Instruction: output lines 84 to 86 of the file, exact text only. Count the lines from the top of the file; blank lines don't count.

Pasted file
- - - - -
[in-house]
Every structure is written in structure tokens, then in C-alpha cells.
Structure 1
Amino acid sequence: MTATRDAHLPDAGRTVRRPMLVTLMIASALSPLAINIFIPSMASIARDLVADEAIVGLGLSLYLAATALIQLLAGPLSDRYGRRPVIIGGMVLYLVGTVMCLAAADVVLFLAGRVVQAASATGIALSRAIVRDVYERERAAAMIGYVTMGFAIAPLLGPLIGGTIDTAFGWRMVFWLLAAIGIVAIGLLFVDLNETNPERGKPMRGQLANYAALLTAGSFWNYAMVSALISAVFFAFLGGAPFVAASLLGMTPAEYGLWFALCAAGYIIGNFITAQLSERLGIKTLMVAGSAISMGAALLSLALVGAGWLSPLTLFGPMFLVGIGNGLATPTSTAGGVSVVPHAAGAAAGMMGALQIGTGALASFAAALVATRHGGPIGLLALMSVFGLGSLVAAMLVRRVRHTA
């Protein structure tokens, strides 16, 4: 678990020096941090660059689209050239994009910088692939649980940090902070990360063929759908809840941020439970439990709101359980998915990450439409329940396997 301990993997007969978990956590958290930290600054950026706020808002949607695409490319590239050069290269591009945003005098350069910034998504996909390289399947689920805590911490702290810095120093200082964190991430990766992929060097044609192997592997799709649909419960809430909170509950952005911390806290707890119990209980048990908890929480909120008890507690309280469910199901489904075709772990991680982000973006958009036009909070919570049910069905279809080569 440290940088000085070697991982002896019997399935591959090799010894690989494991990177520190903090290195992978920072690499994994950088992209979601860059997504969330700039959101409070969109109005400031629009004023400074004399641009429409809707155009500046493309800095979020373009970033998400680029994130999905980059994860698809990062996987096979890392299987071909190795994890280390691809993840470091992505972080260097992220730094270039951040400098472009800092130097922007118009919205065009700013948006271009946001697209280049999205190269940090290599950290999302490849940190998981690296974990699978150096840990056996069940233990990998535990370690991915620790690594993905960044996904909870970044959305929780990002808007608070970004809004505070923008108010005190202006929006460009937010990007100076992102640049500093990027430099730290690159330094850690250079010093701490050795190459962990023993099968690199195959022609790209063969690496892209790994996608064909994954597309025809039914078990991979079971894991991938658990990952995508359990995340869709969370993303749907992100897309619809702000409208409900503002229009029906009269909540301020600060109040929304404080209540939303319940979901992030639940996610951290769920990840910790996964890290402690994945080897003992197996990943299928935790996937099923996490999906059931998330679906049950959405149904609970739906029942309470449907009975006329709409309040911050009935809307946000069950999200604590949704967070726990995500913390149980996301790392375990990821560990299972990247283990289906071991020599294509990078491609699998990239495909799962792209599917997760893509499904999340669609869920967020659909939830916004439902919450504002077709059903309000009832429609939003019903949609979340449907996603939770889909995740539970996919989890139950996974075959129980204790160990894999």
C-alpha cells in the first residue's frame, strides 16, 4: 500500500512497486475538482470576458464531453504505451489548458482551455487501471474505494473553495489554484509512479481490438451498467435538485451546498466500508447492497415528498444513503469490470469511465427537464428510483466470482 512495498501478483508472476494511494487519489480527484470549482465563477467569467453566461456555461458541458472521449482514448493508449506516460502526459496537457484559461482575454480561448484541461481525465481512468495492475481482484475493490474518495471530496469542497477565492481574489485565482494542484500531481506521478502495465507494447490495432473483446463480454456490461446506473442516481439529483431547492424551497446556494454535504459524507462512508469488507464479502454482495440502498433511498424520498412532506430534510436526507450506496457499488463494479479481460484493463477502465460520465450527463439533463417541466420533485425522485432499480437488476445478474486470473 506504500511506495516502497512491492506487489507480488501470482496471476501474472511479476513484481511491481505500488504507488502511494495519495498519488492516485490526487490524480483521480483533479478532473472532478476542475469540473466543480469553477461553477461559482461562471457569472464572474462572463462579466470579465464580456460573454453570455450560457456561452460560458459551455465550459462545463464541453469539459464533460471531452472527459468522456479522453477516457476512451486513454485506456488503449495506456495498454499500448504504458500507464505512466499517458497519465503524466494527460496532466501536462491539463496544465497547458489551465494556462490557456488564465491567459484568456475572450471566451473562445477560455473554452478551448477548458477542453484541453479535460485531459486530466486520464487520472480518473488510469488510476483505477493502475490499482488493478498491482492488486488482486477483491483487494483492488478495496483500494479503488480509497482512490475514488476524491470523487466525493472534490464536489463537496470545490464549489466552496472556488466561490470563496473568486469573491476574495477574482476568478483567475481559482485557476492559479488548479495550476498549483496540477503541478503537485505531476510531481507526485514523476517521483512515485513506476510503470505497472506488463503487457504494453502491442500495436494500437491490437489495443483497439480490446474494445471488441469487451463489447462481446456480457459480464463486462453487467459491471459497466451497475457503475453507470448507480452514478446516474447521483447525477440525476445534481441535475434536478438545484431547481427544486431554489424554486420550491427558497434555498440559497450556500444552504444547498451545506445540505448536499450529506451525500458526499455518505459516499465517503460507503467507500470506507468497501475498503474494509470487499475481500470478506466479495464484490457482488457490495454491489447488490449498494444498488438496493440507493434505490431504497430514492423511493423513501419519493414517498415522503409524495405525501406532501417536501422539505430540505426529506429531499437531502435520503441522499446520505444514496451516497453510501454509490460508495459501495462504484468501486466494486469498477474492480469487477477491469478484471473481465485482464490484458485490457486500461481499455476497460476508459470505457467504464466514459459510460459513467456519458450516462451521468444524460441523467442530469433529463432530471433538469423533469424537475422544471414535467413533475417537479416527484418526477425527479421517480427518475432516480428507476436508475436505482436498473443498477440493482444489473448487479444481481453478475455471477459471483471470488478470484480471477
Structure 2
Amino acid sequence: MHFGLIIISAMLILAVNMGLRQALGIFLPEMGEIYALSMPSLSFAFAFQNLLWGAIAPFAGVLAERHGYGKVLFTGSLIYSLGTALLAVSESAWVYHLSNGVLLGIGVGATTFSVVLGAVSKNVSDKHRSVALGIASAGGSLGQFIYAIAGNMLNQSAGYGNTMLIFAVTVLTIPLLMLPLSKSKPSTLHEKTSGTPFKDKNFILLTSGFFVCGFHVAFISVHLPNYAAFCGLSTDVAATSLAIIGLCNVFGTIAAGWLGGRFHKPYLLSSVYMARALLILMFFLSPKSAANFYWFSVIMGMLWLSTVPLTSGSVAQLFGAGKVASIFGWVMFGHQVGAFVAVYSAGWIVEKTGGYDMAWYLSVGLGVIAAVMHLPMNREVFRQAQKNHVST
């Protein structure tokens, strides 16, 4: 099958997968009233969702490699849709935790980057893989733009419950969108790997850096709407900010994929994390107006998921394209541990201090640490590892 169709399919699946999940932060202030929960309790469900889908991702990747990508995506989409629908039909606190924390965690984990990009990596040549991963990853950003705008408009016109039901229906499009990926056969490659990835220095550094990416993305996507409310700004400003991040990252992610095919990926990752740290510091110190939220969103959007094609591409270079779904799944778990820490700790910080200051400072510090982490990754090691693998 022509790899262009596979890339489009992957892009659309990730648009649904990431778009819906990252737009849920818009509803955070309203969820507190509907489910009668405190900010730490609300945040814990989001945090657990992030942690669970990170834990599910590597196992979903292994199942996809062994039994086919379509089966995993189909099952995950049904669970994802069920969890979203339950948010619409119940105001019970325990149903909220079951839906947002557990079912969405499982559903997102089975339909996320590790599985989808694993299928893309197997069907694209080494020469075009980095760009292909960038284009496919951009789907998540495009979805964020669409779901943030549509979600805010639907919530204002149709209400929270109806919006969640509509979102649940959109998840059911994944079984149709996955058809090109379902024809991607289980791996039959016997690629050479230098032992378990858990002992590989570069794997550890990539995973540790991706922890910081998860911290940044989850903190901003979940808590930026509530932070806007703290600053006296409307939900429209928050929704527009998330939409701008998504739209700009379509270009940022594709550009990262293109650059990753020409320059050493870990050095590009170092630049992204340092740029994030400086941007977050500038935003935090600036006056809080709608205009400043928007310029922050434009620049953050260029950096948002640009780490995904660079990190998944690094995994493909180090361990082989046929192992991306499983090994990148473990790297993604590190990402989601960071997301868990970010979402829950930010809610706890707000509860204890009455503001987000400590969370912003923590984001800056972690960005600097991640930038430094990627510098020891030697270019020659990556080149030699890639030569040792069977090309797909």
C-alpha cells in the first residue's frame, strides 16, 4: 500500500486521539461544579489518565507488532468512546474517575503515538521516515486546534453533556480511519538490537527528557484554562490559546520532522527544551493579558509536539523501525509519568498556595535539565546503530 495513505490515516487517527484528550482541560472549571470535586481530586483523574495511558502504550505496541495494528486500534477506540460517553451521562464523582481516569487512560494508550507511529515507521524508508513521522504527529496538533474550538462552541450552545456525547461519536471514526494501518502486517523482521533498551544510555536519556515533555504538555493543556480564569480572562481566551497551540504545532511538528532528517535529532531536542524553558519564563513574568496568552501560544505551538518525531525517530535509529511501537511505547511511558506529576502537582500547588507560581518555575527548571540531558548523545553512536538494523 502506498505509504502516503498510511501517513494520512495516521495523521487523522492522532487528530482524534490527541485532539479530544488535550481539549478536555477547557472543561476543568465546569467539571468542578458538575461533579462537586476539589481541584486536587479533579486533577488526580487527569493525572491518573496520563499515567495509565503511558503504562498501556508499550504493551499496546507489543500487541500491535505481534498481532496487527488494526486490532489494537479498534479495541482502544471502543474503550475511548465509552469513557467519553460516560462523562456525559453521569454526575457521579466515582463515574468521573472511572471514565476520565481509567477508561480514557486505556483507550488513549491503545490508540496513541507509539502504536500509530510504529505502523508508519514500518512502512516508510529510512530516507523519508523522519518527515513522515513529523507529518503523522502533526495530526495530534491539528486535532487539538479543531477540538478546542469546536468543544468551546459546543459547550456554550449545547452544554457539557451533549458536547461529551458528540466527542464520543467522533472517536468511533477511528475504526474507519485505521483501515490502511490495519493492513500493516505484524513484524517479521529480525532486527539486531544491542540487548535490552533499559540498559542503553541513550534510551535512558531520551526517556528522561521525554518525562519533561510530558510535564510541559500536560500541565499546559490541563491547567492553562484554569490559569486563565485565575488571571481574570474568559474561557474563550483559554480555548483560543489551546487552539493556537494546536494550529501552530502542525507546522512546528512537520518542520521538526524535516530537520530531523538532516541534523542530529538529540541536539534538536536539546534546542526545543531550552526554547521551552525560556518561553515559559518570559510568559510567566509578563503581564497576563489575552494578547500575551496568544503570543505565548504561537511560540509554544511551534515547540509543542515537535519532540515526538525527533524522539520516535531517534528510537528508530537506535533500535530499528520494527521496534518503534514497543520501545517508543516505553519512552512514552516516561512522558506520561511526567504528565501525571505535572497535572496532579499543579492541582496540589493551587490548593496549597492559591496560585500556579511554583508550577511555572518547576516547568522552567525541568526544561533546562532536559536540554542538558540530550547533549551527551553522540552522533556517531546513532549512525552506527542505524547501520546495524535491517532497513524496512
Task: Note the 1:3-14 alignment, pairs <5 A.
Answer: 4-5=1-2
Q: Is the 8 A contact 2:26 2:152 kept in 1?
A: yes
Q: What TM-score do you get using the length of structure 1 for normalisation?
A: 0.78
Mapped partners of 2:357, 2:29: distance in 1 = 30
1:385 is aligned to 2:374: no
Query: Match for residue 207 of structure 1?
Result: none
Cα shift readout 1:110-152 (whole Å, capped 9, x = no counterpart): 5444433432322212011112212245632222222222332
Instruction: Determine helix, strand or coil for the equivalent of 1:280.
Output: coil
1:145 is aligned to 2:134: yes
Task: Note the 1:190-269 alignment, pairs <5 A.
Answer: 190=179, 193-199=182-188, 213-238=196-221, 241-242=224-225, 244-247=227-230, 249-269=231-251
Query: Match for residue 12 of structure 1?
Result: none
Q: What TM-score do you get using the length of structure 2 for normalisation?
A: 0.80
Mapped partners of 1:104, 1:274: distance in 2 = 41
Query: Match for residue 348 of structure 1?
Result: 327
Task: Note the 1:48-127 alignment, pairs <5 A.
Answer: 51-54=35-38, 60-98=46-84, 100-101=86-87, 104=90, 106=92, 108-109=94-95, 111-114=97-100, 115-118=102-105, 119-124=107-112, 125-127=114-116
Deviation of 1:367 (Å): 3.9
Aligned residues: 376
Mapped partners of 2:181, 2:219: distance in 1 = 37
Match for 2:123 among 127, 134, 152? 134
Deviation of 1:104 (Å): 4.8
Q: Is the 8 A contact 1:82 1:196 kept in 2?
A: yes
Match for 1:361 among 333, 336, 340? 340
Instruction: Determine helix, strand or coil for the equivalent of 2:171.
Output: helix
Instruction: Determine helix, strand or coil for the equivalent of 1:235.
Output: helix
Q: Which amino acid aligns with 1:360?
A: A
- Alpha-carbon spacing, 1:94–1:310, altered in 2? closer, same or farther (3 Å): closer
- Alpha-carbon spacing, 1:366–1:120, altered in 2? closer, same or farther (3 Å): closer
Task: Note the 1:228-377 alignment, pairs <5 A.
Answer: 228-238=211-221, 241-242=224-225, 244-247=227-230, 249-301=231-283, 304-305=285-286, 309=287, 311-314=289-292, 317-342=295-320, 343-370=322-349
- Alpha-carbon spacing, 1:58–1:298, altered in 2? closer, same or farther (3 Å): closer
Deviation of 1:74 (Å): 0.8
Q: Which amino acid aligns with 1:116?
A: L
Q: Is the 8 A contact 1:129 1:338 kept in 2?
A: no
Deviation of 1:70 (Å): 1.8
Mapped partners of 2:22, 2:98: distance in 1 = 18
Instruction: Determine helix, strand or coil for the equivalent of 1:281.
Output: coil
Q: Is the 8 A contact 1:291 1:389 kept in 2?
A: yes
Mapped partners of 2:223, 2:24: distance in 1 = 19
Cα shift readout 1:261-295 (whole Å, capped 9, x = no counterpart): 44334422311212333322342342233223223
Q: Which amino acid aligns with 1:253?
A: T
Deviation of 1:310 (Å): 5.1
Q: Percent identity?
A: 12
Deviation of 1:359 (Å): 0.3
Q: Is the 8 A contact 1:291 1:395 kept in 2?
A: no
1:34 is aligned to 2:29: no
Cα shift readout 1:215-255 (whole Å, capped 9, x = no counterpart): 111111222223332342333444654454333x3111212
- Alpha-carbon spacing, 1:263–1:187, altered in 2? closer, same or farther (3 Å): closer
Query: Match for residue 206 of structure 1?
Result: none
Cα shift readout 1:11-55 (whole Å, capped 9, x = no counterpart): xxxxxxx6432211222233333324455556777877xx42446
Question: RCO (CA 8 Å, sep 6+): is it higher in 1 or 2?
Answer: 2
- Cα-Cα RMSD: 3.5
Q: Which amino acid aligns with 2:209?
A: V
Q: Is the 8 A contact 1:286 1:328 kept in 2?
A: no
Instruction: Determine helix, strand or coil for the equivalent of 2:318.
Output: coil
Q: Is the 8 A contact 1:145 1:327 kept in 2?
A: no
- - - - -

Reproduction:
- Cα-Cα RMSD: 3.5
Q: Which amino acid aligns with 2:209?
A: V